Odlcorn, Anthony. “Pasolini and The City: Rome 1950 A DiaryItalian Quarterly XXI N 82 – XXII N. 83. Fall 1980-Winter 1981.

On Pasolini’s Roman Poems. Starts with Pasolini’s flight from Friuli after charges of “corruption of minors and obscene acts in a public place” (107;) expulsion from Communist Party; family background. Circumstances of arrival in Rome (108;) Gets to Roma 1950, diario on 109. Verse journal published in a 1960 limited edition. “Chronicles the poet’s state of mind in moments of rest from servile work” (109;) 11 syllable lines (11-28 of them) written in Standard Italian. PPP avoids “all undue emphasis and sublimity of diction;” uses a “bleached voice;” uses “deliberate understatement to the limits of banality” (109.) O cites Eldridge clever (to describe the poetic tradition of Roma 1950 “not part of the solution but part of the problem” (110.)  sense of physical confinement in poems “corresponds to the poet’s moral entrapment in a system and a discourse not of his own making” (110.) No “transvaulation of values” only extension of “those categories to accommodate moral phenomena they were never meant to embrace” (110.)n Failure to recognize that “by bourgeois standards, homosexuality was a qualitative, and not simply a quantitative transgression” (110.) Calls the poems a “Petrachan reaction” to PPP’s situation (110.) PPP casts himself as crucified Christ, but not as subversively as he later would (110.) Rejection of hermeticism; shared with neorealist poets (but notes that PPP had few sympathies with them; close to Cesare Pavese (Poem #1 “An Adult? Never! — Never; like existence / that does not ripen” in reject of hermeticism. seen as response to the epigraph of Pavese’s last novel La luna e I falò [The Moon And The Bonfires. R.W. Flint, trans.] “Ripeness is All.” (King Lear)) Giuseppe Ungaretti as influence (111;) Clemete Rebora, Camillo Sbarbaro (111.) Volume “a womb without much of a view. The city is outside, a backdrop, heard rather than seen” [“heard rather than seen might be an interesting way to think certain of PPP’s movie soundtracks] (111.) Translations of the Poems and the originals on pages 113-118.

Procaccini, Alfonso. “Pasolini, the Truant Realist.” Italian Quarterly XXI N 82 – XXII N. 83. Fall 1980-Winter 1981.

Attempts to read Pasolini’s work as asking “what it means to be intellectually provocative” (121) Focuses on Ragazzi di vita.  Ragazzi’s scandal prefigures “more noted, yet less notorious” La dolce vita scandal. The 2 are “the most discordant notes of an Italian overture that will by 1968 substitute real gun fire for the conventional blank shot of cannons.” (dude, come on…) wants to include Accatone’s scandal here, but it had less impact (121.) The Fellini is provocative, the Pasolini provoking (122,) meaning: Ldv was sold as a scandal and catharsis. Rdv collapses the reader’s distance and denies catharsis (122.) Rdv meets the criteria for realist lit, but not its function. Not Hegel’s “epic of the middle class” or a commodity (122.) Not about the ‘mal ontologique” of the bourgeois world (123.) None of Lukacs’ “virile maturity” (123.) A “no alternative” motif dominates the whole of Rdv (123.)  “His message appears to be that to cross the threshold is a futile step” (123.) [Like MR crying while watching Etore work near the center in Mamma Roma.] For PPP “there is no such thing as an Italian language which is ‘national,’ that is a language which embraces the splintered and fragmented sectors of what constitutes Italy as a nation” (124.) Paraphrases material from “Comments on the Free Indirect” on high, middle, and low language, as well as the ideological effects of the centrifugal of the dominant language. Claims Rdv rejects “discorso indiretto libro which AP calls “objective correlative” and is an example of direct discourse [can’t agree] (125.)  Pasolini speaks from “within the outside experience” and this is not a “scientific position” as in Verismo  (125.) This displaces the reader to the margin (125.) Claims that Pasolini does not use the “analogical” level of meaning in Dante’s scheme [which is strange since PPP says otherwise, perhaps not an analogy between the characters and the “universal problem of the everyman, but analogy none the less.] (125.)  Despite claim of non-analogy, claims that characters represent their class (125-6.)  “In Gramscian terms Pasolini defies both the traditional as well as the organic approach” (126.)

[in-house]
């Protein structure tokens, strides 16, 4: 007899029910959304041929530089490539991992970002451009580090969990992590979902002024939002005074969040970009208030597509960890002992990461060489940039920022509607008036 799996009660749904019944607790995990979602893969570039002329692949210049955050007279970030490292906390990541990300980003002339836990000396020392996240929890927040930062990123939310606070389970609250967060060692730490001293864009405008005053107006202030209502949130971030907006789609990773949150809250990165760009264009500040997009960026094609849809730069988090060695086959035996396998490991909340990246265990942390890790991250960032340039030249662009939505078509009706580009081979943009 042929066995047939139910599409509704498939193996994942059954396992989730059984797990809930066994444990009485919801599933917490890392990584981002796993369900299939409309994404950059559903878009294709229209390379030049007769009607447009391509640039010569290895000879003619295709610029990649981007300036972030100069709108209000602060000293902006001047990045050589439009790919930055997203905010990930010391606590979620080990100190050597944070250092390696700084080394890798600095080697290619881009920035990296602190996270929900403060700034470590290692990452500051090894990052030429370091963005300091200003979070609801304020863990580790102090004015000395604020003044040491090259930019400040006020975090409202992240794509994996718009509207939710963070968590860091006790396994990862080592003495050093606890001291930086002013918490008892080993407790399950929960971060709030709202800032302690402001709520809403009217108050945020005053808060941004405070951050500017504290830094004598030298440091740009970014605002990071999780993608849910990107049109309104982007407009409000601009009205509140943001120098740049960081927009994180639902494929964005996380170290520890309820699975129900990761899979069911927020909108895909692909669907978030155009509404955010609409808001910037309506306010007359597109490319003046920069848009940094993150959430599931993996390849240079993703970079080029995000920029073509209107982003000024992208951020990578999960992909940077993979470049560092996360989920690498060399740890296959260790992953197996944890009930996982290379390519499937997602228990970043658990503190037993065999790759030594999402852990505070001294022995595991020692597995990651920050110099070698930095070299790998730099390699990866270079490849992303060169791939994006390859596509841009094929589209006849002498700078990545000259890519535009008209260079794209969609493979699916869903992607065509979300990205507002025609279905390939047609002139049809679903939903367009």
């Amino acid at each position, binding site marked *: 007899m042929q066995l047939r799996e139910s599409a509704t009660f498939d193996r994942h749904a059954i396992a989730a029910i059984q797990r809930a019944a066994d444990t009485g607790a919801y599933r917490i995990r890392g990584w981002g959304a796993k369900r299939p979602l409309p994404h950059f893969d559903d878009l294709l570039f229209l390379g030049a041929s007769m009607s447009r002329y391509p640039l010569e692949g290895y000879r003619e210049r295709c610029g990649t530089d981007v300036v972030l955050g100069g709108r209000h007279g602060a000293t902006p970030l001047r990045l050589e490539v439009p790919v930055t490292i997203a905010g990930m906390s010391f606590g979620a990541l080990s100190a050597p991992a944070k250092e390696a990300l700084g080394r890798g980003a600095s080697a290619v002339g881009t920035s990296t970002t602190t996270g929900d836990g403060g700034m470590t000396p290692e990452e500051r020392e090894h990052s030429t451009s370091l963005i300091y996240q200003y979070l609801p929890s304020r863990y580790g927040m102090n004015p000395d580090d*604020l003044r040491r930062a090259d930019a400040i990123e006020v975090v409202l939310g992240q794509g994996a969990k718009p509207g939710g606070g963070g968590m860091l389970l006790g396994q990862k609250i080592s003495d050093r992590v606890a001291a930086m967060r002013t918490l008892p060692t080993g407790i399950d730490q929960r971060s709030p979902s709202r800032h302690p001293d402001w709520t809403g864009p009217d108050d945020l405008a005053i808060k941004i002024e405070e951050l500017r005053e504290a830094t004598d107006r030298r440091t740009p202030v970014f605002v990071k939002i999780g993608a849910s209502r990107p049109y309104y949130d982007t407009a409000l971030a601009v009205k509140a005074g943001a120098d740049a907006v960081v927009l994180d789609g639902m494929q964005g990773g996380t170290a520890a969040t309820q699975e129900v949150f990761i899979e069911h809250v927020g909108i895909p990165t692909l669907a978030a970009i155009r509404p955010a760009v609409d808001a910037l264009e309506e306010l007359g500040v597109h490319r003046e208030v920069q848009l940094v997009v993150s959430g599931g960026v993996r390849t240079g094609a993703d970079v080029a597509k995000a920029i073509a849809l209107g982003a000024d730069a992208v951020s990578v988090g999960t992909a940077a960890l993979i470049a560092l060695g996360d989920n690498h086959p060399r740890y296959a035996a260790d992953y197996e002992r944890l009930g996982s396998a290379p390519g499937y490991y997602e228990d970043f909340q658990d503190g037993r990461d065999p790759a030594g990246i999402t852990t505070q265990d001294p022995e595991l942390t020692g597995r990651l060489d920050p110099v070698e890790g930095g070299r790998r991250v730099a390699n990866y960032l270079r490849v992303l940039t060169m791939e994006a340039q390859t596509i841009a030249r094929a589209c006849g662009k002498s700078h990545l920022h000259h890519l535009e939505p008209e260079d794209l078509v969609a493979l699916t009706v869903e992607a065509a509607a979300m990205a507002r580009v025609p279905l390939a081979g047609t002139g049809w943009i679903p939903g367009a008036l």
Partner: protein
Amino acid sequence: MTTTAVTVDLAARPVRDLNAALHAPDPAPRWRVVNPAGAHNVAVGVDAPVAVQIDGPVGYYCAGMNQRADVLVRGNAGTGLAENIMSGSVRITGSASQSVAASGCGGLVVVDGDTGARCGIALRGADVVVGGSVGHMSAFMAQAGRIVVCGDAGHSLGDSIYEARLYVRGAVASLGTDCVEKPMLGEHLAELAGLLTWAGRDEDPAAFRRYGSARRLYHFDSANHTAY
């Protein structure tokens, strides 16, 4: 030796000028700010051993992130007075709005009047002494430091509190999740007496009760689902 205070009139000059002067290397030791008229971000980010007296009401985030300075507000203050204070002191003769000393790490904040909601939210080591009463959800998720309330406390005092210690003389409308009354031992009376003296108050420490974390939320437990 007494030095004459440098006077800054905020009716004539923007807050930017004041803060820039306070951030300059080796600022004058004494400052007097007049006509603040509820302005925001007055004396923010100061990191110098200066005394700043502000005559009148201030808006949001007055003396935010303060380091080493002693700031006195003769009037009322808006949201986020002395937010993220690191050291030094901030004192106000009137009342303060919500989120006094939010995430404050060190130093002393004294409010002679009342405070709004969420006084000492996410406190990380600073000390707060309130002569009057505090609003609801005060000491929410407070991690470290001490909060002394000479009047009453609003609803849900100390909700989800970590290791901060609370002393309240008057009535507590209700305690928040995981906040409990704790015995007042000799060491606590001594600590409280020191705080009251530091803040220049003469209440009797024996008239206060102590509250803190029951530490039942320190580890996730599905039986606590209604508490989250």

Schwartz, Barth David. “Why Americans Will Never Understand Pasolini.” Italian Quarterly XXI N 82 – XXII N. 83. Fall 1980-Winter 1981.

An utterly useless screed pointing out that Pasolini is difficult to understand in the US because Italian cultural history is different and complex. Fears that popularizing Pasolini would result in dorm room posters of him next to “Che Guevara and Bob Dylan.” Some OK sketches information about the Italian context, but there better ways to get it.

Weaver, William. “Il Primo Pasolini Tradotto.” Italian Quarterly XXI N 82 – XXII N. 83. Fall 1980-Winter 1981.

An account of Weavers exchanges with Pasolini while translating “L’appennio.” Weaver makes mistakes in Italian and Pasolini translates them in mistaken English. Fairly amusing.

Advertisements
  1. No comments yet.
  1. No trackbacks yet.

Leave a Reply

Fill in your details below or click an icon to log in:

WordPress.com Logo

You are commenting using your WordPress.com account. Log Out / Change )

Twitter picture

You are commenting using your Twitter account. Log Out / Change )

Facebook photo

You are commenting using your Facebook account. Log Out / Change )

Google+ photo

You are commenting using your Google+ account. Log Out / Change )

Connecting to %s

%d bloggers like this: